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Community colleges are uniquely positioned to impact the nation in all aspects of sustainability — workforce needs, community education and student skills for the future. No other system in higher education can address the local sustainable development needs of the nation’s diverse communities.
Despite all the mandates, financial challenges and competing priorities thrust upon us, this is the time to deepen or reinvigorate the sustainability commitment. Just as we prepare our students for their future careers, we also need to prepare them and our colleges for the world we will live in, and that world will be shaped by globalization, sustainability and adaptation for resiliency.
The climate around sustainability
Not that long ago, many were asking, where are the green jobs? Now the U.S. Bureau of Labor Statistics forecasts that the fastest growing occupation for 2014 to 2024 will be wind turbine service technician. While clean energy has been a small portion of our energy mix, it’s growing fast. Consider the U.S. Energy Administration forecast that 2016 will be the first year in which the largest addition to utility scale electricity will come from solar, and solar and wind will produce more than 60 percent of new electricity generation.
This excerpt comes from the current edition of the Community College Journal, the bimonthly magazine of the American Association of Community Colleges.The five-year extension of tax credits on wind and solar, innovative technologies for energy controls and smart grids, the movement to divest from carbon and consumer preferences are all driving this new energy economy. As green jobs continue to grow quickly, community colleges can play a critical role in preparing students with the skills to meet industry demand.
We are experiencing more extreme weather, including increased drought, flooding and fierce fires and storms. The National Climate Assessment of 2014 shows the need for adaptation to improve environmental resiliency. Community colleges have held a major role in training first responders. We can use our ability to convene and partner to help build climate resiliency and adaptation plans in our communities.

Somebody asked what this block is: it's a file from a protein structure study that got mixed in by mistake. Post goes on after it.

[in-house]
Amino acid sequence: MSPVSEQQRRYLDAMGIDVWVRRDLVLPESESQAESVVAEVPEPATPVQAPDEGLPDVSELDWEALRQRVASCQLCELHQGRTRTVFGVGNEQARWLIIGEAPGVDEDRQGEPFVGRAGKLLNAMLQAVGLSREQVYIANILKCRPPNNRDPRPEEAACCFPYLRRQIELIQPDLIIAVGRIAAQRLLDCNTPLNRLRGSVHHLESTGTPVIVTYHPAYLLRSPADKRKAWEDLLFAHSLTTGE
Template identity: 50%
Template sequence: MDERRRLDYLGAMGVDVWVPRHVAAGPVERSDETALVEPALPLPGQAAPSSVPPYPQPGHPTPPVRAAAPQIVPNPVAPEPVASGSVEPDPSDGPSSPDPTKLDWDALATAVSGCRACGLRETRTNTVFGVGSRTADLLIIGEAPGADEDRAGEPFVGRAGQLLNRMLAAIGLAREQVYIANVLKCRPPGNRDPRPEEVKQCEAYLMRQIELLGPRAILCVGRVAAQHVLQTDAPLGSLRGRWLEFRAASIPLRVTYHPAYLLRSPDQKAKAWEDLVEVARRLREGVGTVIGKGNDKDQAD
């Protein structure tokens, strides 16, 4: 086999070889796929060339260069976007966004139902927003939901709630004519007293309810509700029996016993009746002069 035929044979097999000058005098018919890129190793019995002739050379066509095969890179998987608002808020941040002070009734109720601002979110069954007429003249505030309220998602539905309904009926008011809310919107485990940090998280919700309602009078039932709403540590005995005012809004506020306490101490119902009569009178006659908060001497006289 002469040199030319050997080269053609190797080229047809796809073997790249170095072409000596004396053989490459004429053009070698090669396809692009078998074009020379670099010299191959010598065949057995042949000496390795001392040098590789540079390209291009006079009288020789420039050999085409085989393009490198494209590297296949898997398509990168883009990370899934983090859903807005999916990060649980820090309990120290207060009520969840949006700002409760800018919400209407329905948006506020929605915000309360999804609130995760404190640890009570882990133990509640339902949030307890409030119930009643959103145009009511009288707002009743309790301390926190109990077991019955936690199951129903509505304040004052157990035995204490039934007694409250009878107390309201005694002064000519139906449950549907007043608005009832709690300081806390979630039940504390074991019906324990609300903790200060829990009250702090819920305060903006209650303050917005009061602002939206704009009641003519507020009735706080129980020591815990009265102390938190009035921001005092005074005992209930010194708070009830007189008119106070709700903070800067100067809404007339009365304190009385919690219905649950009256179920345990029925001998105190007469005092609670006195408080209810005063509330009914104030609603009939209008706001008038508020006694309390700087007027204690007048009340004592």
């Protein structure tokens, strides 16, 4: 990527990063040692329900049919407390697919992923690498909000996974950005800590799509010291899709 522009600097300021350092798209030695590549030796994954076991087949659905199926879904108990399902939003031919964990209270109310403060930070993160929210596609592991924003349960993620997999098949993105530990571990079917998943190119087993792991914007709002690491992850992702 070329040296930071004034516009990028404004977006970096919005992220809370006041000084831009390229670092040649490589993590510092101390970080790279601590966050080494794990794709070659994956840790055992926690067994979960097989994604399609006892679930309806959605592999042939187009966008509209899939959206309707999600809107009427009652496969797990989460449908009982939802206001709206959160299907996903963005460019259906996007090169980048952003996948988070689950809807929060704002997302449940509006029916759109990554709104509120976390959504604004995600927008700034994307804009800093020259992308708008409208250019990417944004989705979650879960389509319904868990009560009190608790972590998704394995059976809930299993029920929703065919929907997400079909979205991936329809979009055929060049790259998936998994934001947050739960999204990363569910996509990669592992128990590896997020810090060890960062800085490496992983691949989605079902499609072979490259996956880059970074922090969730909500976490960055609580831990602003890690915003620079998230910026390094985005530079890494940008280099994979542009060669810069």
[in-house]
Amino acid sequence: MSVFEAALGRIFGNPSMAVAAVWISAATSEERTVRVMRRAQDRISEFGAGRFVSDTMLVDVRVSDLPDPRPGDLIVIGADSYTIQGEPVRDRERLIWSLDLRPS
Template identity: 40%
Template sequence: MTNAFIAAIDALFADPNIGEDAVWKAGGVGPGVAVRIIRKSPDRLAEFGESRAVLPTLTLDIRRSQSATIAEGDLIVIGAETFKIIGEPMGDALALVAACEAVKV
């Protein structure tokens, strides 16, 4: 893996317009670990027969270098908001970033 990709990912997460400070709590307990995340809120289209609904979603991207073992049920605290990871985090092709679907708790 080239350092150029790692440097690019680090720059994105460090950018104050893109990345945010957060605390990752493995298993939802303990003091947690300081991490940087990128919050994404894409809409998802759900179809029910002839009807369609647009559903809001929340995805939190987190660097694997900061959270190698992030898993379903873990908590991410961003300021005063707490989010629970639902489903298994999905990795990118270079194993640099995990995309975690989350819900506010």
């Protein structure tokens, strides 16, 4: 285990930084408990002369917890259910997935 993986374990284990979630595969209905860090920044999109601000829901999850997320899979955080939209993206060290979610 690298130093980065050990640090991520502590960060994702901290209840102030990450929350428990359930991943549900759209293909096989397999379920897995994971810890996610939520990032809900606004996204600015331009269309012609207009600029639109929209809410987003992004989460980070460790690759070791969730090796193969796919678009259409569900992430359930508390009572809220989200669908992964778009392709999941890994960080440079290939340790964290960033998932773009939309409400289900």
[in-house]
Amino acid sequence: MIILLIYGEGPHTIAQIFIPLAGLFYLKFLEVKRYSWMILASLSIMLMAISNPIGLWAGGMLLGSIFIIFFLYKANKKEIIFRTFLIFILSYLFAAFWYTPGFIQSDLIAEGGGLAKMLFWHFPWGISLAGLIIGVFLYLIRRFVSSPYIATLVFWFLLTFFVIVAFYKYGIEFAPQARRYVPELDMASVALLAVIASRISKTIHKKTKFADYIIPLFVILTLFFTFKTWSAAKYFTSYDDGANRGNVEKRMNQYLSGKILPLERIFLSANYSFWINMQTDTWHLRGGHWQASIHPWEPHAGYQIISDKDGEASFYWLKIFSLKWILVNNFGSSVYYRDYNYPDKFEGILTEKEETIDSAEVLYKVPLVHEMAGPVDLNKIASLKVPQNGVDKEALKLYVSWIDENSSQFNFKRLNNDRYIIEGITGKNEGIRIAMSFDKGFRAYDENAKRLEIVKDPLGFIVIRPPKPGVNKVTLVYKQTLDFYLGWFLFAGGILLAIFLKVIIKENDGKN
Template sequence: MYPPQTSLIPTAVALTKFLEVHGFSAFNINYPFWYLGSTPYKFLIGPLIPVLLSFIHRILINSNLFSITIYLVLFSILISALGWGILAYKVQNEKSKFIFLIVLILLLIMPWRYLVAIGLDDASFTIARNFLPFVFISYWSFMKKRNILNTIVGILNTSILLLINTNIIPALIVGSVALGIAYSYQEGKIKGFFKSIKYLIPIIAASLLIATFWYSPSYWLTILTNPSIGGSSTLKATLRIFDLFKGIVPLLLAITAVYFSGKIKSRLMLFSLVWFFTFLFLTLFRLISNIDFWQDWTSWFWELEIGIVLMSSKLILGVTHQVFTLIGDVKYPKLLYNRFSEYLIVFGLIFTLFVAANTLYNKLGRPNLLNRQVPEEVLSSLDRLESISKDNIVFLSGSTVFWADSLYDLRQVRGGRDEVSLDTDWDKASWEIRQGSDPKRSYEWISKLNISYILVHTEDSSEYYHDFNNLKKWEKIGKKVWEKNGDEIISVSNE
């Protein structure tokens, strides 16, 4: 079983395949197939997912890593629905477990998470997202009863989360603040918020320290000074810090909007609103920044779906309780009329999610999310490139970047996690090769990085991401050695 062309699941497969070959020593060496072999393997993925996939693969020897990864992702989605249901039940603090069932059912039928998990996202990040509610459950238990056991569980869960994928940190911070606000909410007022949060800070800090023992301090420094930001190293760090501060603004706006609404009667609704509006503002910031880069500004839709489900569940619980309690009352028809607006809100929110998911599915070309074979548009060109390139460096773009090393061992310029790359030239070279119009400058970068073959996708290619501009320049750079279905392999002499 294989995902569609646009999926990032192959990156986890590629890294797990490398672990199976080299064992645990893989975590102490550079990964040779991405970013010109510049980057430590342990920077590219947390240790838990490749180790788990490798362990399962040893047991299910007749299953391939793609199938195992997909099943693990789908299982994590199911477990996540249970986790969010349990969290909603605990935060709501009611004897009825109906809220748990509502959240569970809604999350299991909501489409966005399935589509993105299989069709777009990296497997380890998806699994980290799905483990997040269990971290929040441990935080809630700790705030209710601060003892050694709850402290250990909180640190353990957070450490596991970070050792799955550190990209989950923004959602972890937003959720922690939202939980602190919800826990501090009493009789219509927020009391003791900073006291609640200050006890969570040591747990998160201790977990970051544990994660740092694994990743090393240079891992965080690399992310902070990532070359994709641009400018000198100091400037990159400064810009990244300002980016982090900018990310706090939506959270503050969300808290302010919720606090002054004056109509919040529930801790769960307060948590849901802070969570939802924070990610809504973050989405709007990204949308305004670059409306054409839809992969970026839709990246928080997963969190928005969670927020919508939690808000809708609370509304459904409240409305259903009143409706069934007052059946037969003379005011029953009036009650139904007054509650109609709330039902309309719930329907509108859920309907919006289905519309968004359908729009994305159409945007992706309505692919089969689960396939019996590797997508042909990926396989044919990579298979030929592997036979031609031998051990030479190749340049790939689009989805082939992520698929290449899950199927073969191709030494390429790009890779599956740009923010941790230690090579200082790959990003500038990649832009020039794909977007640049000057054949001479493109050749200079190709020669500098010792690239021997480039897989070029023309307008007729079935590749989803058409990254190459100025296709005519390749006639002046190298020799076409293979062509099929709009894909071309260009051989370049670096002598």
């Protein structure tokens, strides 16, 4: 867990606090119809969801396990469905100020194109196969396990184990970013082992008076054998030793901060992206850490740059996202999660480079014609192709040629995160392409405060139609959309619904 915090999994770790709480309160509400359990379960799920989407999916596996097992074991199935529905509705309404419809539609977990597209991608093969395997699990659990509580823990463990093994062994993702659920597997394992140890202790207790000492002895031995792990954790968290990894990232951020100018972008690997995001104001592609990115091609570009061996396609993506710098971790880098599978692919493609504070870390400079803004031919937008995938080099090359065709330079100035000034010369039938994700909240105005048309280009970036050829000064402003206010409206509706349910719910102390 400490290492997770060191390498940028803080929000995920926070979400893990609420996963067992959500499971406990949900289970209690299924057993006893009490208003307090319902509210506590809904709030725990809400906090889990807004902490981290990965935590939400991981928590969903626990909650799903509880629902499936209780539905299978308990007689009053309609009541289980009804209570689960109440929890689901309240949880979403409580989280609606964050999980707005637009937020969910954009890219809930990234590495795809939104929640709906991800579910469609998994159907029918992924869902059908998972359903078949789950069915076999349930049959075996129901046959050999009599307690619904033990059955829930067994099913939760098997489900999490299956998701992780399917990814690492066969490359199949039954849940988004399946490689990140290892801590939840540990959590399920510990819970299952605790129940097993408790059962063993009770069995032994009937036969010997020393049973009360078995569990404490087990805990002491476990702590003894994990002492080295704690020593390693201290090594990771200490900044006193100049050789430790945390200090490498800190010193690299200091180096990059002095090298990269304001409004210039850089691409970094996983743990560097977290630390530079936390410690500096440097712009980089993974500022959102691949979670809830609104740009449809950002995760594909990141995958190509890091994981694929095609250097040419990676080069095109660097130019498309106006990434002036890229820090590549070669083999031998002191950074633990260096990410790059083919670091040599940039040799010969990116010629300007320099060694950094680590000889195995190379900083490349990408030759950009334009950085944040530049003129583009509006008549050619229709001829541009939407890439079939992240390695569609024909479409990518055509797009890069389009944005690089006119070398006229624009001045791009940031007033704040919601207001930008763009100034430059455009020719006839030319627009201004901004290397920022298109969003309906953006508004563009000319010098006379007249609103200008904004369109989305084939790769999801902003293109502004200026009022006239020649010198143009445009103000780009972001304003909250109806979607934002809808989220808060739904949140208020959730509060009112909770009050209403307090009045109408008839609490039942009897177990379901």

Significant institutional change requires informed leadership. Many resources are available to build your leadership team’s capabilities and accelerate your college’s sustainability initiatives.
For some, sustainability is about the energy workforce; for others, the environment or even the planet’s wellbeing. However, senior leaders must define sustainability and understand it themselves in its broadest context. Narrow definitions might limit acceptance by some faculty and staff, leave out sectors that the college serves. The danger is that sustainability initiatives become labeled as the concern of the green committee, biology faculty or the facilities department when, in reality, everyone needs to be engaged.
The American Association of Community Colleges awards cash prizes to exemplary community colleges for their sustainability education initiatives through its SEED Center initiative. The deadline to submit for the Green Genome Awards is September 9. Sustainability can be defined and understood as the policies, practices and behaviors that allow for a future with maximum development and minimum impact on resources. The generally accepted broad characterization of sustainability is referred to as the “triple bottom line” in which decisions are evaluated by three perspectives: Is it good for society (people), the environment (planet) and economic growth (profit)?
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Jerry Weber is president os the College of Lake County in Illinois and a member of the American Association of Community Colleges board of directors.
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